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Intercultural Education and the Realization of Intercultural Capital in Mexico
(pp. 80-93; DOI: 10.23692/iMex.12.6)

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Dr. Andreas Pöllmann

(PhD 2008, MA 2004, Department of Sociology, University of Essex, UK) is a full-time associate researcher at the Instituto de Investigaciones sobre la Universidad y la Educación of the National Autonomous University of Mexico (UNAM) in Mexico City. He has longstanding interests in national and supranational identities, intercultural relations, political sociology, cultural sociology, and the sociology of education. Dr. Pöllmann’s contributions to these areas have appeared in internationally recognized journals, including Educational Studies, European Societies, SAGE Open, Cogent Social Sciences, and Cultura y Representaciones Sociales. His current research focuses on links between formal education and sociocultural inequalities in the realization of intercultural capital, with a particular focus on institutions of teacher education.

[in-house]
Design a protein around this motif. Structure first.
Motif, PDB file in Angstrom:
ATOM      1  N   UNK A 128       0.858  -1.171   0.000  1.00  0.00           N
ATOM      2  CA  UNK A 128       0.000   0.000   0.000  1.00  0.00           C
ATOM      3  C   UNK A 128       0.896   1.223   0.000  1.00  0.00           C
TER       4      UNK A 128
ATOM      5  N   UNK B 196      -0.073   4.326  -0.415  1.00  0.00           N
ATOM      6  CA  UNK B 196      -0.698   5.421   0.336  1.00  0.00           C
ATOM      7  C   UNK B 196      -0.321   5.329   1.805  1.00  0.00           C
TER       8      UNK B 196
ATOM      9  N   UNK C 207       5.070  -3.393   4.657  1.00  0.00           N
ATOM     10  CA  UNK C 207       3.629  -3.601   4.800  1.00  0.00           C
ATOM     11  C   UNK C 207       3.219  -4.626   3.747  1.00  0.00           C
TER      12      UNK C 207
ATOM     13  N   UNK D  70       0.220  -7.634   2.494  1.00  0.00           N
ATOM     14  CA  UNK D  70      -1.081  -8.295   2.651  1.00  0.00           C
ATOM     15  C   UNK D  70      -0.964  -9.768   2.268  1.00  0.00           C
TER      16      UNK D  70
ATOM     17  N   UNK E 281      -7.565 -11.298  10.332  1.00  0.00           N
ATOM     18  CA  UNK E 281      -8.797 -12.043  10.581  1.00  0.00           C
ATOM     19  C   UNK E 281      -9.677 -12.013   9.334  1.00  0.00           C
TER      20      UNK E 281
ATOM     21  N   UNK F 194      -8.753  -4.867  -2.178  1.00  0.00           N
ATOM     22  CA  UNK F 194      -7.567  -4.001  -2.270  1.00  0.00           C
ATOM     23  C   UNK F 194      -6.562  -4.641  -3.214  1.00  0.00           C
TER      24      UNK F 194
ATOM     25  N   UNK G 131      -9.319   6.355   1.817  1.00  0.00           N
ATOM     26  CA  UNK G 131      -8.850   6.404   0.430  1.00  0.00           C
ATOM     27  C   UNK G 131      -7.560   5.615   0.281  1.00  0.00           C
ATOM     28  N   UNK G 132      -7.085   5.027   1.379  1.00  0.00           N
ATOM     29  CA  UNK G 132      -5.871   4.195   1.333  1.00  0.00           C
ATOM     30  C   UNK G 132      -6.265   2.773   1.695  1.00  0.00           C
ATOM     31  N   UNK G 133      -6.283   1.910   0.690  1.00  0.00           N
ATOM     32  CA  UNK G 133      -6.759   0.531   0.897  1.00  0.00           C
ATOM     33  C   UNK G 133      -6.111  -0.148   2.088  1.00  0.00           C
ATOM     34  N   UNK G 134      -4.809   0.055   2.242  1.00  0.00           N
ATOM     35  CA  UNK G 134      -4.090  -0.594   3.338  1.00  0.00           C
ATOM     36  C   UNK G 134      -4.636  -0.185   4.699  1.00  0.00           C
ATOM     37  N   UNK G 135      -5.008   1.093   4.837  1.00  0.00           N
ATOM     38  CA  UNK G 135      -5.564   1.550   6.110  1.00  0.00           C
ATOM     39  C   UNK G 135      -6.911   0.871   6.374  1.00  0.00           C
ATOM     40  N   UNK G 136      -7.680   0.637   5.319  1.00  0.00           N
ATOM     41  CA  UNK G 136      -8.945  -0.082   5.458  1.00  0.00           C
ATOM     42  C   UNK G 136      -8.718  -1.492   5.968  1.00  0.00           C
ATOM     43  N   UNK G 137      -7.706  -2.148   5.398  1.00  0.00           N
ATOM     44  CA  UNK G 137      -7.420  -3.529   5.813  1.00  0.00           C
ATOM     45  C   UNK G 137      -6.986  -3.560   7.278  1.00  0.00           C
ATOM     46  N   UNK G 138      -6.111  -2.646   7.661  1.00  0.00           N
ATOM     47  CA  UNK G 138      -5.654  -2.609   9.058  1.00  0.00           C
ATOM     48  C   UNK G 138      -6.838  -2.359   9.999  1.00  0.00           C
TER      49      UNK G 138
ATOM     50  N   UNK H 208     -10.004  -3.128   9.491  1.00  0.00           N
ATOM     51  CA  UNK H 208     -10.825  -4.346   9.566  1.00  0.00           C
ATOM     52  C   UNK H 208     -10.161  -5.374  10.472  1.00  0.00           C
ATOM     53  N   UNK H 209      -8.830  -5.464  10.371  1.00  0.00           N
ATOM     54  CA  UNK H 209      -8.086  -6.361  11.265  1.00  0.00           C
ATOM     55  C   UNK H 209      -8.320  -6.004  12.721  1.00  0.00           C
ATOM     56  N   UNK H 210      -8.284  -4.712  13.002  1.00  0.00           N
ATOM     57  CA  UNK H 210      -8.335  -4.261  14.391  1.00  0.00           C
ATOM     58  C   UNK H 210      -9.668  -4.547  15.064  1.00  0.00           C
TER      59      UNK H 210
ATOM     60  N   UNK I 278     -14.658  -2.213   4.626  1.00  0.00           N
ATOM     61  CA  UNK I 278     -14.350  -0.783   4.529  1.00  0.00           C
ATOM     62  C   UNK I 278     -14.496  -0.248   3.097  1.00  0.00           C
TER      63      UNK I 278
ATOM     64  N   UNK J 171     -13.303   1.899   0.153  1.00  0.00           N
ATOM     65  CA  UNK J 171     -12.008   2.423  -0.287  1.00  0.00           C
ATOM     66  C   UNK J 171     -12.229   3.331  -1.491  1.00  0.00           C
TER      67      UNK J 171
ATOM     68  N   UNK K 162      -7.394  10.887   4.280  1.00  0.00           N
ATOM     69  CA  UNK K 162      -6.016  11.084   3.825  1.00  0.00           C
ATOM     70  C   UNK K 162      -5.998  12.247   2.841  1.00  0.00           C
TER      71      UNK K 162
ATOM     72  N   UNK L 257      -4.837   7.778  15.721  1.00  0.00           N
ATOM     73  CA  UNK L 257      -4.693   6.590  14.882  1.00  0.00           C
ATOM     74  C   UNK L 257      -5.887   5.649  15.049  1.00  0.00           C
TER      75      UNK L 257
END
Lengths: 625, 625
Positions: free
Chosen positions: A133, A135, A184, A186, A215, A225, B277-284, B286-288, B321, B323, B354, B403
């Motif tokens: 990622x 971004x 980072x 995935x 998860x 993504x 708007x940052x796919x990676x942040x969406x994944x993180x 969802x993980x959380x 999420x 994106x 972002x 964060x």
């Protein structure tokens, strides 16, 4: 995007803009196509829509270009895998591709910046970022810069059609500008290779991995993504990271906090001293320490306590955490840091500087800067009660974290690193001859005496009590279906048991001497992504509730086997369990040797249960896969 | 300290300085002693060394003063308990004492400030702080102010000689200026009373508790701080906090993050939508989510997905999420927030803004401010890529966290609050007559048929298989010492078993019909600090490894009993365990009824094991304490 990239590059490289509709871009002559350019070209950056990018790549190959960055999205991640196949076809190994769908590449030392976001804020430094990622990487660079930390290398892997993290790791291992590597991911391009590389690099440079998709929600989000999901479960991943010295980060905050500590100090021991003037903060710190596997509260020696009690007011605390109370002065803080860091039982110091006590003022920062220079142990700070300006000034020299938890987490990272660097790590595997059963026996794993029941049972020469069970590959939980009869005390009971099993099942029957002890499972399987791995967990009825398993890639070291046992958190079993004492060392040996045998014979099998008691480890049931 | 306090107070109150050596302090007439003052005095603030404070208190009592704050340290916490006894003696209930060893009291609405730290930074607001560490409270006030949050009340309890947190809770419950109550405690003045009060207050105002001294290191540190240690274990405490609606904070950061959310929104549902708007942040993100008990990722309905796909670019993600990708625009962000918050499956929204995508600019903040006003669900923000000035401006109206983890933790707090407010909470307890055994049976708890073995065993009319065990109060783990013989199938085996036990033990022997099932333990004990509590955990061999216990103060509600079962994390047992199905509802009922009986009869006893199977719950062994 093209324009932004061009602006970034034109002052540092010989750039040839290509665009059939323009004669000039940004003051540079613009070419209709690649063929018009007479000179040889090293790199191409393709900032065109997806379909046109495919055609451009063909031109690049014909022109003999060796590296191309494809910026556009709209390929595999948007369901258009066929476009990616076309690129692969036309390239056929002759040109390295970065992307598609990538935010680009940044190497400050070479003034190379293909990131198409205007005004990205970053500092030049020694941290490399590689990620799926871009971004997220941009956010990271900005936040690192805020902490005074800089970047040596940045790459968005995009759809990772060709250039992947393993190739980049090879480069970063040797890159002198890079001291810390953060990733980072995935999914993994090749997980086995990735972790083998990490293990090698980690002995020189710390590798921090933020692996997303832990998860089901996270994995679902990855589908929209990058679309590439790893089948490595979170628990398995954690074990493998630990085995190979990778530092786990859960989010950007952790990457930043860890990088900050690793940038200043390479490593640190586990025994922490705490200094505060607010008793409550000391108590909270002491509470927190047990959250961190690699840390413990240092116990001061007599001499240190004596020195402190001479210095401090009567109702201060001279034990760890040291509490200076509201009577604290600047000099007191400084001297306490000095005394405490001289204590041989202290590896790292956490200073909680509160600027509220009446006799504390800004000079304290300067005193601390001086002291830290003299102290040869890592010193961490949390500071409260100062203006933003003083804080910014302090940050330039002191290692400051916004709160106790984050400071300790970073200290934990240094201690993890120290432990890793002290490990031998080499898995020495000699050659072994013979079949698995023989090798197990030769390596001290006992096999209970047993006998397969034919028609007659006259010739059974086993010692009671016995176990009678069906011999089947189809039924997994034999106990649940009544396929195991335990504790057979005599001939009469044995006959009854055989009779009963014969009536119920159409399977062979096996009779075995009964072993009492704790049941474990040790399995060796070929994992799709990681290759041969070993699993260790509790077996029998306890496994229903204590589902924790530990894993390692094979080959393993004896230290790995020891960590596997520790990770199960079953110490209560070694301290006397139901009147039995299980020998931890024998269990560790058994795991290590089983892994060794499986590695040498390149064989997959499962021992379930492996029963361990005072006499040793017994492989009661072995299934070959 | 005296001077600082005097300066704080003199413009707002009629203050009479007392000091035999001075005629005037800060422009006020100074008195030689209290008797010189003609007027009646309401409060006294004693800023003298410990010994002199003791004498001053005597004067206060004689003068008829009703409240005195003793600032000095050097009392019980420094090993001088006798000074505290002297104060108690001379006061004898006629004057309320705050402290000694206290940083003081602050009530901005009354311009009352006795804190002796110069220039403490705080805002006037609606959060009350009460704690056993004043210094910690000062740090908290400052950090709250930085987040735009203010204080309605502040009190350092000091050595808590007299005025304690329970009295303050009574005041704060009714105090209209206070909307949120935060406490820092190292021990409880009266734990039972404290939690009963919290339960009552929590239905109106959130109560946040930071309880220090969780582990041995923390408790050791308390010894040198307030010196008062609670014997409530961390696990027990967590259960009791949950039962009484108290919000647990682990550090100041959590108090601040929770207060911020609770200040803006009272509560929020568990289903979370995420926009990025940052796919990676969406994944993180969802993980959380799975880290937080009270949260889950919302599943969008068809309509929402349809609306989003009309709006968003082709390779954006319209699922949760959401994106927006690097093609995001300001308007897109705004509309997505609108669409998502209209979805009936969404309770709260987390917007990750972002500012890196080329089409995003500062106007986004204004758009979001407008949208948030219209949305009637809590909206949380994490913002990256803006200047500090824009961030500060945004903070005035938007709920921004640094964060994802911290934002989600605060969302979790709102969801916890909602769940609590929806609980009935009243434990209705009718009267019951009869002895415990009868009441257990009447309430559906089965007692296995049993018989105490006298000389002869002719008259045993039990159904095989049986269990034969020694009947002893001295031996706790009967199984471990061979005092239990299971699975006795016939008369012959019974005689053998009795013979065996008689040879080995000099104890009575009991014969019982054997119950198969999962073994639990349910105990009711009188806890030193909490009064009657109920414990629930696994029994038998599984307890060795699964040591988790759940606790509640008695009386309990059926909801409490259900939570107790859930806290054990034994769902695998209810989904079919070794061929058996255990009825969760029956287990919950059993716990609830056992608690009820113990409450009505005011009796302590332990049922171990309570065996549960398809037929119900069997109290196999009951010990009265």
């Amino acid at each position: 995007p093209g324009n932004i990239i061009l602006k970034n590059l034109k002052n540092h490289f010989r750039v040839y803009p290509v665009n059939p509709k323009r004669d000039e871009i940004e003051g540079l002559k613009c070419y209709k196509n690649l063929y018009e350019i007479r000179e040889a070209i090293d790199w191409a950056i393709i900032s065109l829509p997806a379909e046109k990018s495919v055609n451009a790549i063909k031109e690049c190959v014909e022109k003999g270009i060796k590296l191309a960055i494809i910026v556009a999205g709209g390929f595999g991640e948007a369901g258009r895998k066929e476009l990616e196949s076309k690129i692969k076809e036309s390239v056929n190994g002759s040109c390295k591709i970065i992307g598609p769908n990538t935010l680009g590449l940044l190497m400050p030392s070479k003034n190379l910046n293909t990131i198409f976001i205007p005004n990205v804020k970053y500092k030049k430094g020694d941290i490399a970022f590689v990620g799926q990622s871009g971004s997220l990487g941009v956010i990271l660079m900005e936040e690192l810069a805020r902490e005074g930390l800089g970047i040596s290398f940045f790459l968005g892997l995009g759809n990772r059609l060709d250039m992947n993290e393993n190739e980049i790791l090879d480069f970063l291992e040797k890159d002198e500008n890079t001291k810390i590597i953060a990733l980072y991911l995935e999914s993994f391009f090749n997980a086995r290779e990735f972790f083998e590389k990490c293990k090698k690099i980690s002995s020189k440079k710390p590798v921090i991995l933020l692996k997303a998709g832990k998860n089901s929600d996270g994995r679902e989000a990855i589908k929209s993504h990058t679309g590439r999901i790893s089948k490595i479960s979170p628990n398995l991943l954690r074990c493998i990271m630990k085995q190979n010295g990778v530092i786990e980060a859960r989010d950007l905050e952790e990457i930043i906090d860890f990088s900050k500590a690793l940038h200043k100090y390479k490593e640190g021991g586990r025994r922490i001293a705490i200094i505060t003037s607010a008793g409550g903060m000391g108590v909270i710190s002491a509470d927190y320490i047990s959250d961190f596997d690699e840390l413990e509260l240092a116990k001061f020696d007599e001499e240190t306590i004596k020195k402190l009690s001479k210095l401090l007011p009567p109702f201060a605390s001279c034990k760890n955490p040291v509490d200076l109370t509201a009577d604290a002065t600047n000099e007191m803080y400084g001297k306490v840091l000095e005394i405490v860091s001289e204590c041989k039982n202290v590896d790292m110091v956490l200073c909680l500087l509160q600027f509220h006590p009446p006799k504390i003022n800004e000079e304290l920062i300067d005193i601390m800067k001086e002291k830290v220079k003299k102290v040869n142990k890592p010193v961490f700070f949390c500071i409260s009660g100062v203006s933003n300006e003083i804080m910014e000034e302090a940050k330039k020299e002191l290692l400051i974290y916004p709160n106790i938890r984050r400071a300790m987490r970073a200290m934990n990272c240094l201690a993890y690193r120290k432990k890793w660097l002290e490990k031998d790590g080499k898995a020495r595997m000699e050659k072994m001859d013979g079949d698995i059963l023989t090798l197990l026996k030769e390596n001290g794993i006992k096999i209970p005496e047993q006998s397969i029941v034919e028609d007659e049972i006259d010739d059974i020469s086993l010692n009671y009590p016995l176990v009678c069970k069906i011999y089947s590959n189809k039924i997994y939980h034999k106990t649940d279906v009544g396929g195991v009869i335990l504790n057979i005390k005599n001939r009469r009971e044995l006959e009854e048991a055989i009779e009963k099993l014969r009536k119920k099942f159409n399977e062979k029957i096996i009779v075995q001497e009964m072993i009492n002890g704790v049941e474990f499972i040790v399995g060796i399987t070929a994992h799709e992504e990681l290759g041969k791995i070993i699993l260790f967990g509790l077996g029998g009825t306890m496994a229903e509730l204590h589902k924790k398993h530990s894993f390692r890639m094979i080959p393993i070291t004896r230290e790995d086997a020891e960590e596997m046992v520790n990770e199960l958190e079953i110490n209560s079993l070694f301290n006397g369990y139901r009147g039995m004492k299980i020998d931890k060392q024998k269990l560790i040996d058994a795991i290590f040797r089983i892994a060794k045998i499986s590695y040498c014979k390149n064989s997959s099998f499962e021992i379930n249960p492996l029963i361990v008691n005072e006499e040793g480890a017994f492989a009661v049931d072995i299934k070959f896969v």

Contrary to what the seductive marketing power of neoliberal “free”-trade ideology and its more or less explicit postulation of homo interculturalis might suggest, the multi-dimensional realization of intercultural capital cannot simply be taken for granted, but needs to be subjected to critical empirically grounded scrutiny. Drawing on the findings of three recent research projects, the present article explores the prospects and limitations of intercultural capital realization in contemporary Mexico – at nearly two and a half decades of the country’s membership in the quintessentially neoliberal North Atlantic Free Trade Agreement (NAFTA) and with a particular interest in the field of intercultural education. Whilst the article does not engage in evaluations of NAFTA, nor offer a contribution to the critique of neoliberal globalization and the mercantilization of formal education, it nonetheless raises important questions for all those interested in alternative forms of intercultural cooperation that convey a vision beyond narrowly instrumental business interests. As our three research examples forcefully illustrate, it is high time for a socioculturally sensitive educational development toward more intercultural literacy – both inside the multicultural national context and internationally.